On cars, old, new and future; science & technology; vintage airplanes, computer flight simulation of them; Sherlockiana; our English language; travel; and other stuff
IT’S SAID you never forget your first kiss, your first love, your first…. But what about your first taco?
Wife Dottie almost rolled on the floor in laughter today when I told her about my first taco. She is, after all, a valley girl, born and bred in California’s Imperial Valley where she claims her first taco probably came off a street vender in nearby Mexicali when she was a toddler.
By contrast, Cleveland, Ohio, is a long way from Mexicali, in more ways than one. And, in fact, my first taco wasn’t in Cleveland, it was in Flushing Meadows, New York, at the 1964 New York World’s Fair.
Joseph Tirella’s book Tomorrow-Land doesn’t mention those tacos, but it offers a lot of other details of the World’s Fair taking place in New York City a half-century ago. Notes Tirella, for two years it was “a cultural nexus at the center of American politics, pop culture, technology, urban planning, and civil rights.”
Yes, and that first taco of mine too. This was at the New Mexico Pavilion, one of 25 U.S. states and regions with their own exhibits.
According to the 1965 Official New York World’s Fair Guide, New Mexico’s “pueblo of five buildings recreates the adobe construction, the spicy food and the Indian handicrafts of the state.” I suspect “spicy foods” got my attention.
For this Cleveland kid going to college in New England, it was exotic fare on a crisp U-shaped tortilla. Nothing like the soft-wrapped delights that I now enjoy as a southern Californian, but it was memorable.
Talk about memorable. That same day, I saw Michelangelo’s Pietà. This 15th century sculpture, usually residing in St. Peter’s in Rome, was painstakingly crated up and brought to the Vatican Pavilion at the fair.
Moving walkways at different heights and speeds permitted millions to view the sculpture in an artfully composed setting.
Talk about extremes. There was also the Uniroyal Tire Ferris Wheel, relocated after the fair and still seen along Interstate 94 on the way to Detroit Metropolitan Airport.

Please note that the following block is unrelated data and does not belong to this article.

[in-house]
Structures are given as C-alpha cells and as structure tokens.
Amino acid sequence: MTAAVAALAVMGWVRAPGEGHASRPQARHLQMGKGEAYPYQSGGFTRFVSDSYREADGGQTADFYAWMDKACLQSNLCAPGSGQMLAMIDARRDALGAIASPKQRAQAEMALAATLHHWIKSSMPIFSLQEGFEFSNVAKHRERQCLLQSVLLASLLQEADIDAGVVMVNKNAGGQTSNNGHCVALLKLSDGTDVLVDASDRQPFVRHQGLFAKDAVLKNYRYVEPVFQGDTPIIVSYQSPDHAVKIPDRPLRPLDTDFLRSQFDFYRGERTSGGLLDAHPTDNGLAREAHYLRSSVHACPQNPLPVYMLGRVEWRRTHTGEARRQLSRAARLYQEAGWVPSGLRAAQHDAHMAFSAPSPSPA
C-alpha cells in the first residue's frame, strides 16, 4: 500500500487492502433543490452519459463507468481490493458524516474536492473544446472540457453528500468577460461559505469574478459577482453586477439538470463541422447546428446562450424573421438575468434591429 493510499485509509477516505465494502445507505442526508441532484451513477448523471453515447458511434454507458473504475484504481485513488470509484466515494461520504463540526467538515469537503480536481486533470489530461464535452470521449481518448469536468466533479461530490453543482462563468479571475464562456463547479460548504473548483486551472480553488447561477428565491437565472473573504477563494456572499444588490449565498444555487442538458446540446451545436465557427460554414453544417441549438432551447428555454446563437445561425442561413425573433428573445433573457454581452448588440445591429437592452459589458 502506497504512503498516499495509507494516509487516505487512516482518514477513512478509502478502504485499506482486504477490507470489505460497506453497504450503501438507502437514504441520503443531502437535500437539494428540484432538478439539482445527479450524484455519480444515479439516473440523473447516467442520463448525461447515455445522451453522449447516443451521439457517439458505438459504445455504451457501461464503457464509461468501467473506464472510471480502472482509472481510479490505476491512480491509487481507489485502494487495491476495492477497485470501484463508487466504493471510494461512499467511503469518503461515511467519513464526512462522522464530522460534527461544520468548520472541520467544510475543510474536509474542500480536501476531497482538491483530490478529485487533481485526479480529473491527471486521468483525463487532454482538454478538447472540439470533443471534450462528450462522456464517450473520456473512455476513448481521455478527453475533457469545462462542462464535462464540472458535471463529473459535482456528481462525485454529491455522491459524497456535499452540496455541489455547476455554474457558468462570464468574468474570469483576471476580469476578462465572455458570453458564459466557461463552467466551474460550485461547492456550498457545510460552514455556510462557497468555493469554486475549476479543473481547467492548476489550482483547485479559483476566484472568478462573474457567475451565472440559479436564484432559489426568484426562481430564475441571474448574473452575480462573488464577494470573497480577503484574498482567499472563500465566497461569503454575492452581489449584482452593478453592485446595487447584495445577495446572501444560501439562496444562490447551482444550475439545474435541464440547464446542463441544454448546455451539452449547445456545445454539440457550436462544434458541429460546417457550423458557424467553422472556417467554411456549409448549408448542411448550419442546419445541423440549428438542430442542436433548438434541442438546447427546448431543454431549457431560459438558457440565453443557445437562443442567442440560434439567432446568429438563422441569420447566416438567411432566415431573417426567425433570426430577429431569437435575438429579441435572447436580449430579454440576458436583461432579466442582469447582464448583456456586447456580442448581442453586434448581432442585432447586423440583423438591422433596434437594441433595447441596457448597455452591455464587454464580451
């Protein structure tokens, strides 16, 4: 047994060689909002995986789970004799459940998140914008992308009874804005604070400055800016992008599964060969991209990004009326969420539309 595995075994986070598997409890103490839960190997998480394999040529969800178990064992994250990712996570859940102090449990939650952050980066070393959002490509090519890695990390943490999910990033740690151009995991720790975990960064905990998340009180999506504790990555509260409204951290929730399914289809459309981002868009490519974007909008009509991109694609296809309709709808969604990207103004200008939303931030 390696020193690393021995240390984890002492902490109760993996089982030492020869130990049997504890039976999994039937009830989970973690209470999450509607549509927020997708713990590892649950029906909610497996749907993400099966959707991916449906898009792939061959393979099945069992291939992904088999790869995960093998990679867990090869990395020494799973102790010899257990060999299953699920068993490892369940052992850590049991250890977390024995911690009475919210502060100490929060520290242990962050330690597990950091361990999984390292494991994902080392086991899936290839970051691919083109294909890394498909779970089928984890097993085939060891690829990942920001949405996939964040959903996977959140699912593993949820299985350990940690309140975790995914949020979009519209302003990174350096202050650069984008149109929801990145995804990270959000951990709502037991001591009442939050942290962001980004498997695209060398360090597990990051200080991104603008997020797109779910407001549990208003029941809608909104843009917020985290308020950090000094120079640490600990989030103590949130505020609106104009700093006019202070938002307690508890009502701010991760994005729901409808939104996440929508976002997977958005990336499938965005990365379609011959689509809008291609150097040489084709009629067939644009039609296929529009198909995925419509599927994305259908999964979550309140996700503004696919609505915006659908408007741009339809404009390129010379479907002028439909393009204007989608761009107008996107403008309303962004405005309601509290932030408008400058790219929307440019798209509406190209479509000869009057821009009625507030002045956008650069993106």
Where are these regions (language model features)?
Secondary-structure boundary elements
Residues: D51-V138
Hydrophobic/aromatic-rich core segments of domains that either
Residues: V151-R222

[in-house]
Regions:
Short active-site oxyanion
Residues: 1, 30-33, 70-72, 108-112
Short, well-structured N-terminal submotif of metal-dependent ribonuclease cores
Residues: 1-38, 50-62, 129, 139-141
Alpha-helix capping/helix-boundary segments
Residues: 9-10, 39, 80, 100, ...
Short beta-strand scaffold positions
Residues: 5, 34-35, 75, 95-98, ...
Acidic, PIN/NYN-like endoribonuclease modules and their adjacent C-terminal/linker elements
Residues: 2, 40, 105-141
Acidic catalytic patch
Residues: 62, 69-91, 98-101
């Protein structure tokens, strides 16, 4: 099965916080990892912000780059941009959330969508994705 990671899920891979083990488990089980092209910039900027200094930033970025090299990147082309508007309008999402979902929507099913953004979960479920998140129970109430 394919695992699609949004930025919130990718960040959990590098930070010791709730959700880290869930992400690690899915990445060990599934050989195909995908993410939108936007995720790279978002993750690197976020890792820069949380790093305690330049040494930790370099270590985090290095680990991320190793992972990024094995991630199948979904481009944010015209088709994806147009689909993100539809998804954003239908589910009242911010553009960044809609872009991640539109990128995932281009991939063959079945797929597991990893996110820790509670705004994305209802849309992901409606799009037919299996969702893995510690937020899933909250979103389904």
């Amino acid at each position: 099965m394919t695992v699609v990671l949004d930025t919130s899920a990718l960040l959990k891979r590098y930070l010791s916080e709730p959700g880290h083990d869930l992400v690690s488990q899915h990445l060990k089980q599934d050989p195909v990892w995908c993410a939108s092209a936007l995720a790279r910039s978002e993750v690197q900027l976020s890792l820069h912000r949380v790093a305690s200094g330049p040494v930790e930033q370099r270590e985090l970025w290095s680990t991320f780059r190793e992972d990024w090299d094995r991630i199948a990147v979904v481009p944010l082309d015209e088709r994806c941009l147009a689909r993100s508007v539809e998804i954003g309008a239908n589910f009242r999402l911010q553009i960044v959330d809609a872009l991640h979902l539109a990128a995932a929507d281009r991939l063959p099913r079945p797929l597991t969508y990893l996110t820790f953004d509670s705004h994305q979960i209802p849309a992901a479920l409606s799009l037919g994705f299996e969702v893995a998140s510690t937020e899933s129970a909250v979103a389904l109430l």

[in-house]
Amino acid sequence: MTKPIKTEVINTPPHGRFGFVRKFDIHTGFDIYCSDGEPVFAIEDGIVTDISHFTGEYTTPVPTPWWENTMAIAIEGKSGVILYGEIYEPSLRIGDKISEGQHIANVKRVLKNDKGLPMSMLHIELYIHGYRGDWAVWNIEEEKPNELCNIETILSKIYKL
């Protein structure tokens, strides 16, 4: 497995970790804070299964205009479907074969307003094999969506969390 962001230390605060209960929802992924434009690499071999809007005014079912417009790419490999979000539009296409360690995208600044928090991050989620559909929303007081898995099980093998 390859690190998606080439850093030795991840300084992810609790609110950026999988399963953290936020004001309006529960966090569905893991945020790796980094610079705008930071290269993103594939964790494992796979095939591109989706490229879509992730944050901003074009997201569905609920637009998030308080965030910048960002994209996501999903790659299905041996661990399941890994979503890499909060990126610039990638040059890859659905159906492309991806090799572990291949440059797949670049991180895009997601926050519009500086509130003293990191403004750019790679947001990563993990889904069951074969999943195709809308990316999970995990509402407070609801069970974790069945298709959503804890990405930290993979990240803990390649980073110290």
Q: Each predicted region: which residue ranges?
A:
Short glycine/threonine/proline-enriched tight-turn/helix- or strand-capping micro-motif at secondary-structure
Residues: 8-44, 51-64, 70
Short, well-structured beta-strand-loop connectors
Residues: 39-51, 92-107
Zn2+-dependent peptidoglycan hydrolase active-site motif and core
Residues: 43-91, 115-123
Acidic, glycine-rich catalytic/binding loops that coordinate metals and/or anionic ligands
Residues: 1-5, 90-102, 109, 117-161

Wife Dottie reminds me that her late brother Willard played a role in the NY Fair. He worked for Pacific Bell at the time as a specialist in communication hardware. The Bell System’s Floating Wing Pavilion included a Picturephone demonstration, sort of a Skype precursor, and Willard was sent east in its setup.
There’s a good family tale in this: A neighbor from the East gave him a vintage overcoat for the trip. In fact, the coat was a particularly fine Chesterfield dating from the 1930s, and it’s said Willard—who resembled Clark Gable in his youth—was one of the best dressed people working the fair.
Another neat feature of the Bell Pavilion was a “Quiet Room” corridor through which visitors passed. Within, you could hear the sound of your clothes stretching as you inhaled.
It’s said actress Joan Crawford, a Disney friend, persuaded Walt to get his Imagineers involved with fair presentations. One result was “Pepsi Presents Walt Disney’s ‘It’s a Small World,’ a Tribute to UNICEF and the World’s Children.” Quite a moniker, but indeed it was the debut of this attraction that’s now a part of five Disney parks around the world.
Disney’s Imagineers also brought animatronics to the fair, in the Illinois Pavilion’s Great Moments with Mr. Lincoln. The animatronic Abe later worked Disneyland’s Main Street.
The Wikipedia entry “1964 New York World’s Fair” gives an extensive listing of pavilions and major exhibits reused around the world. In this sense, 1964 New York was the best kind of world’s fair. ds
© Dennis Simanaitis, SimanaitisSays.com, 2014